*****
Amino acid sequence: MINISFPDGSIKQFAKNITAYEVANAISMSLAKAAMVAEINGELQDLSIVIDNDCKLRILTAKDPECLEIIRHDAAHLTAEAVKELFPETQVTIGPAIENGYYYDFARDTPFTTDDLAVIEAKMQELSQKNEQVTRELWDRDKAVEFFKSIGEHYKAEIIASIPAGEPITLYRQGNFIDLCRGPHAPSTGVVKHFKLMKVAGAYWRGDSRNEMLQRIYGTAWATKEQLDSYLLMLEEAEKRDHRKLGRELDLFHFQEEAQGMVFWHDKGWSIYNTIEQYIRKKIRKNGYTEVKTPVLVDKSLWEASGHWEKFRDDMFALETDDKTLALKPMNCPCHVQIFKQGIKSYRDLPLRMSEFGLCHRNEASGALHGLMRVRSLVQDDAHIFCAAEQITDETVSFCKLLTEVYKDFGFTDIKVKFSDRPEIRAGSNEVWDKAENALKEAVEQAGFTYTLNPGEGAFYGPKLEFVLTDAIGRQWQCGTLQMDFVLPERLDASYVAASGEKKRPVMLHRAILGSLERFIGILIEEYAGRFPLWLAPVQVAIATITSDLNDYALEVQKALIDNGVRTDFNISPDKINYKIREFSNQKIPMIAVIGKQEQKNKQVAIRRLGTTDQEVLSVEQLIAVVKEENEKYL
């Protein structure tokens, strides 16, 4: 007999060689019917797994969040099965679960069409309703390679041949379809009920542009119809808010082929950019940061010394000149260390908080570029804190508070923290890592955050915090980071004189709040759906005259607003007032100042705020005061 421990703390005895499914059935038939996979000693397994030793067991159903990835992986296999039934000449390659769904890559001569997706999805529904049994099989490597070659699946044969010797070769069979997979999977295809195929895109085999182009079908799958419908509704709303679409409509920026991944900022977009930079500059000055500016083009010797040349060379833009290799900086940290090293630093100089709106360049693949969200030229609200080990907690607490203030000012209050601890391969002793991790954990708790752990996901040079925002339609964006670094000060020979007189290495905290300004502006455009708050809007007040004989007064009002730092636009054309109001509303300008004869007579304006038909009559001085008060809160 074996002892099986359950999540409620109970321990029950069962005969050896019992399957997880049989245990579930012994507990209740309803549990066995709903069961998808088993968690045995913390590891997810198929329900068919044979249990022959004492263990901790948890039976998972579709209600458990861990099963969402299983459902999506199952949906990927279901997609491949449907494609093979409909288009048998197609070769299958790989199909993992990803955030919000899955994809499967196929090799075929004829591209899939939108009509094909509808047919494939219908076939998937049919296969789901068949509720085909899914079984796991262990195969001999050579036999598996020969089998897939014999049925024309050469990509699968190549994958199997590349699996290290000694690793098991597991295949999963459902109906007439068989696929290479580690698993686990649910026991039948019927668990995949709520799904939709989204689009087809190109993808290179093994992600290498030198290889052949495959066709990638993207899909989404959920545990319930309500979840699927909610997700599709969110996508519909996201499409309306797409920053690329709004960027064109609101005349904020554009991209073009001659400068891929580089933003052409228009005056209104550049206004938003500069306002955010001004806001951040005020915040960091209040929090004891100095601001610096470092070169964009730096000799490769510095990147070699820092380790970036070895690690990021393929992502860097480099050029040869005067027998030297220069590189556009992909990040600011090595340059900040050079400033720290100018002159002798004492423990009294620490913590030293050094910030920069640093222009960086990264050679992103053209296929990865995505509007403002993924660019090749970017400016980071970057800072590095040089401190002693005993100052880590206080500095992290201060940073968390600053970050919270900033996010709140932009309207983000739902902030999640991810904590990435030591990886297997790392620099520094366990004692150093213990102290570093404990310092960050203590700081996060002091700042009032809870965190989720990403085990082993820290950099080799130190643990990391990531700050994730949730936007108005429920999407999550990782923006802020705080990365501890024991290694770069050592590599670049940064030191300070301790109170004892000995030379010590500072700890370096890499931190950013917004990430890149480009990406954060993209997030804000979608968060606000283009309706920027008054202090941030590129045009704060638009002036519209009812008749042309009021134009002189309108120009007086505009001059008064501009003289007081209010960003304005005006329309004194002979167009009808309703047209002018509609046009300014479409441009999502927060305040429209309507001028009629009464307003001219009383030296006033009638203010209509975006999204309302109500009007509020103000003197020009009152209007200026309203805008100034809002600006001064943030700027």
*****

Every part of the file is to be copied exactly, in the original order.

Amino acid sequence: MINISFPDGSIKQFAKNITAYEVANAISMSLAKAAMVAEINGELQDLSIVIDNDCKLRILTAKDPECLEIIRHDAAHLTAEAVKELFPETQVTIGPAIENGYYYDFARDTPFTTDDLAVIEAKMQELSQKNEQVTRELWDRDKAVEFFKSIGEHYKAEIIASIPAGEPITLYRQGNFIDLCRGPHAPSTGVVKHFKLMKVAGAYWRGDSRNEMLQRIYGTAWATKEQLDSYLLMLEEAEKRDHRKLGRELDLFHFQEEAQGMVFWHDKGWSIYNTIEQYIRKKIRKNGYTEVKTPVLVDKSLWEASGHWEKFRDDMFALETDDKTLALKPMNCPCHVQIFKQGIKSYRDLPLRMSEFGLCHRNEASGALHGLMRVRSLVQDDAHIFCAAEQITDETVSFCKLLTEVYKDFGFTDIKVKFSDRPEIRAGSNEVWDKAENALKEAVEQAGFTYTLNPGEGAFYGPKLEFVLTDAIGRQWQCGTLQMDFVLPERLDASYVAASGEKKRPVMLHRAILGSLERFIGILIEEYAGRFPLWLAPVQVAIATITSDLNDYALEVQKALIDNGVRTDFNISPDKINYKIREFSNQKIPMIAVIGKQEQKNKQVAIRRLGTTDQEVLSVEQLIAVVKEENEKYL
């Protein structure tokens, strides 16, 4: 007999060689019917797994969040099965679960069409309703390679041949379809009920542009119809808010082929950019940061010394000149260390908080570029804190508070923290890592955050915090980071004189709040759906005259607003007032100042705020005061 421990703390005895499914059935038939996979000693397994030793067991159903990835992986296999039934000449390659769904890559001569997706999805529904049994099989490597070659699946044969010797070769069979997979999977295809195929895109085999182009079908799958419908509704709303679409409509920026991944900022977009930079500059000055500016083009010797040349060379833009290799900086940290090293630093100089709106360049693949969200030229609200080990907690607490203030000012209050601890391969002793991790954990708790752990996901040079925002339609964006670094000060020979007189290495905290300004502006455009708050809007007040004989007064009002730092636009054309109001509303300008004869007579304006038909009559001085008060809160 074996002892099986359950999540409620109970321990029950069962005969050896019992399957997880049989245990579930012994507990209740309803549990066995709903069961998808088993968690045995913390590891997810198929329900068919044979249990022959004492263990901790948890039976998972579709209600458990861990099963969402299983459902999506199952949906990927279901997609491949449907494609093979409909288009048998197609070769299958790989199909993992990803955030919000899955994809499967196929090799075929004829591209899939939108009509094909509808047919494939219908076939998937049919296969789901068949509720085909899914079984796991262990195969001999050579036999598996020969089998897939014999049925024309050469990509699968190549994958199997590349699996290290000694690793098991597991295949999963459902109906007439068989696929290479580690698993686990649910026991039948019927668990995949709520799904939709989204689009087809190109993808290179093994992600290498030198290889052949495959066709990638993207899909989404959920545990319930309500979840699927909610997700599709969110996508519909996201499409309306797409920053690329709004960027064109609101005349904020554009991209073009001659400068891929580089933003052409228009005056209104550049206004938003500069306002955010001004806001951040005020915040960091209040929090004891100095601001610096470092070169964009730096000799490769510095990147070699820092380790970036070895690690990021393929992502860097480099050029040869005067027998030297220069590189556009992909990040600011090595340059900040050079400033720290100018002159002798004492423990009294620490913590030293050094910030920069640093222009960086990264050679992103053209296929990865995505509007403002993924660019090749970017400016980071970057800072590095040089401190002693005993100052880590206080500095992290201060940073968390600053970050919270900033996010709140932009309207983000739902902030999640991810904590990435030591990886297997790392620099520094366990004692150093213990102290570093404990310092960050203590700081996060002091700042009032809870965190989720990403085990082993820290950099080799130190643990990391990531700050994730949730936007108005429920999407999550990782923006802020705080990365501890024991290694770069050592590599670049940064030191300070301790109170004892000995030379010590500072700890370096890499931190950013917004990430890149480009990406954060993209997030804000979608968060606000283009309706920027008054202090941030590129045009704060638009002036519209009812008749042309009021134009002189309108120009007086505009001059008064501009003289007081209010960003304005005006329309004194002979167009009808309703047209002018509609046009300014479409441009999502927060305040429209309507001028009629009464307003001219009383030296006033009638203010209509975006999204309302109500009007509020103000003197020009009152209007200026309203805008100034809002600006001064943030700027």